Día de muertos: the colorful, joyful, beautiful day of the dead

When the dead is more alive than ever!

Día de muertos, also known as Day of the Dead, is one of the greatest festivals that I’ve ever attended. I remember the concept itself was a bit strange to me, considering that I grow up having the culture that “death” is a topic that people don’t bring up, and around the world, most countries have the similar attitude when it comes to death: respect, grief or even fear. But when I was in Mexico, I couldn’t feel any distress when Día de muertos was around the corner, instead, the street were more colorful than ever. If it was someone who didn’t know the existence of Día de muertos would probably think that it was some sort of crazy celebration. I was lucky that my exchange term was a complete full year so I have experienced Día de muertos in Mexico and I absolutely loved it. Today, I’m going to tell you why this is one of the best festivals in the world.

  • The origins and the concept of Día de muertos

It is said that the beginning of Día de muertos dated back to the time of Mayan, Aztec and Toltec, they had the idea that “death” isn’t the ultimate end. Sure, death is the end of the path of life, but they believe that there’s an underworld and therefore death is also the start of something new. So there’s no need to mourn over someone’s death since it’s merely a natural phase of life.

And the ancient also believed that on Día de muertos (which takes place on November 1st and the 2nd), the spirit of the deceased will return to the mortal world. The interesting saying is that the first day is when the spirit of kids return because they’re more energetic and run faster, so they arrive first.

The idea and tradition passed on and became the famous Día de muertos.

 

Now you have an idea of what Día de muertos is like, let me share some of my favorite moments of Día de muertos with you.

  • Colorful altars

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Altar is one of the centerpiece of Día de muertos. Most households put up altars to honor the deceased. Since the spirit travel a long way back to the mortal world to be with their loved ones, people will need to prepare something to welcome and treat the deceased, so food, sweets and drink are essential. You will also see photos of the deceased member, candles, and flowers. Flowers are mostly marygold, in Spanish, cepamsúchil, with its bright color, people believe that it will lead the spirits to the path back home.

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Papel picado, a beautifully cut, thin paper craft decoration is also an important element, usually seen draped around the altar. Since papel picado is so light and thin, it moves softly along with the breeze, indicating the fragility of life.  Papel picado isn’t exclusively for Día de muertos, you can see it everywhere in Mexico. It is such a beautiful craft, I bought one home and put it up in my room, always reminding me the good times in Mexico.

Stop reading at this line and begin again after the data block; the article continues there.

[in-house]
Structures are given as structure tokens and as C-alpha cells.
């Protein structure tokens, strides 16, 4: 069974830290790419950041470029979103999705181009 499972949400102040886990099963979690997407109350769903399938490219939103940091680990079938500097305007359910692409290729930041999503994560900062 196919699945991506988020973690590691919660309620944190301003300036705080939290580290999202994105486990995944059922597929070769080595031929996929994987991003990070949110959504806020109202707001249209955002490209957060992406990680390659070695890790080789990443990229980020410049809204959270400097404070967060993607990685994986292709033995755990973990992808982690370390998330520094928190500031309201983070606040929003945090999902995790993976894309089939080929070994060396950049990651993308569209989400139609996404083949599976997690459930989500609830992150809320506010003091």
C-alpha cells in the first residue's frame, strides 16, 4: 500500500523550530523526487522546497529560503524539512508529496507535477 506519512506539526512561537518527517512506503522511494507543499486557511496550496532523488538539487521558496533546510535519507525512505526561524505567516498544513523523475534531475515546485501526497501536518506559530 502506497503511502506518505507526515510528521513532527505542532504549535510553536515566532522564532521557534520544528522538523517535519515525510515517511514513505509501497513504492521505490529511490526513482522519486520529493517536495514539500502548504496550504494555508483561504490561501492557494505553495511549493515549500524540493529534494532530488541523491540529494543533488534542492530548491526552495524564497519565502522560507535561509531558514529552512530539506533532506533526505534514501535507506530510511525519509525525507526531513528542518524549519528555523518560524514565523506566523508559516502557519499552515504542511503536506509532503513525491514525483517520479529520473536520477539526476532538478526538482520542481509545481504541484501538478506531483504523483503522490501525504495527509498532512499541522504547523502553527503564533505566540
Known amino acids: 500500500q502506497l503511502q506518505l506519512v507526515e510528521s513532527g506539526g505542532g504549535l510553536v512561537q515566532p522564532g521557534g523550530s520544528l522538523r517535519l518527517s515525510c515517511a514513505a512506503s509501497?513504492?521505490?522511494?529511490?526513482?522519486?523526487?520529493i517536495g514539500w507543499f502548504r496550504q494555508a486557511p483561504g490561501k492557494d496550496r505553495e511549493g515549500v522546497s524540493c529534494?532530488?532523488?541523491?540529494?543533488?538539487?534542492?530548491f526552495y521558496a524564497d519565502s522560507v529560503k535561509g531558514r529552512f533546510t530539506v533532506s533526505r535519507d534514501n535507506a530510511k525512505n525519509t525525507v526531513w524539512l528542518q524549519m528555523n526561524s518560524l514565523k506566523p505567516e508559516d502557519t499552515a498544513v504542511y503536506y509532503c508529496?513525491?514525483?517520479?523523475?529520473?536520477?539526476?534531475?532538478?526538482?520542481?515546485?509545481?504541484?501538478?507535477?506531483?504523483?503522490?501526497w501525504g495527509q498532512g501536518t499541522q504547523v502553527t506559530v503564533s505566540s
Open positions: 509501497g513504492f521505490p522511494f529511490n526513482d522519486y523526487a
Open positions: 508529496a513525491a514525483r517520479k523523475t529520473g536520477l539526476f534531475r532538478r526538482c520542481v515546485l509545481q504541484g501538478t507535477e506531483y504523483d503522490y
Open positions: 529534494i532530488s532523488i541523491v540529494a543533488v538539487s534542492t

With all these elements, the altars of Día de muertos are just full of vibrant colors, and you will always to see all kinds of creative altars, they are slowly becoming a kind of artistic display, decorating the city, in a way.

 

 

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  • Todos somos calaveras

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“We’re all skeletons.” This quote came from José Guadalupe Posada, a Mexican illustrator who often used his illustration to imply criticism towards the society and politics. This phrase, “Todos somos calaveras.” indicated that no matter what you wear on the outside,  we are all the same: his drawing was a skeleton in a pretty gown (Catrina). And this impression was so strong that people started to paint their faces and imitate the catrina, eventually became a trend nowadays.

And during Día de muertos, many things are related to skull and skeletons.

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DSC03768Pan de muertos(bread of the dead), is a must eat food during this holiday. The baker use the dough to make a bone-like shape on top of the bread, after it’s well baked, sprinkle some sugar on top for finish. It’s delicious, with a slight scent of orange… people in Mexico eat pan de muertos with hot chocolate, but I find this combination too sweet for me.

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And there are calaveritas de azúcar(sugar skulls), pure sugar, not my favorite dessert, but they are no doubt very cute!

  • Festivals: La Calaca… and more DSC03753

Each town has their own way of celebrating Día de muertos, the most popular destination would probably be Patzcuaro in Michoacan, Mixquic in Mexico City and Oaxaca. I didn’t go to any of the above, but I did spend Día de muertos in Tlaquepaque in Guadalajara: there was a great parade of a theme similar to corpse bride ; and the weekend before at San Miguel de Allende for La Calaca Festival. At La Calaca Festival, my friend Ayumi and I participated in an amazing graffiti workshop with a local artist and other people, it was free, by the way!

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In short, Día de muertos is a beautiful day, it isn’t only about the death, but also about cherishing loved ones and living to the fullest…when you’re still alive and well!

 

 

 

 

 

 

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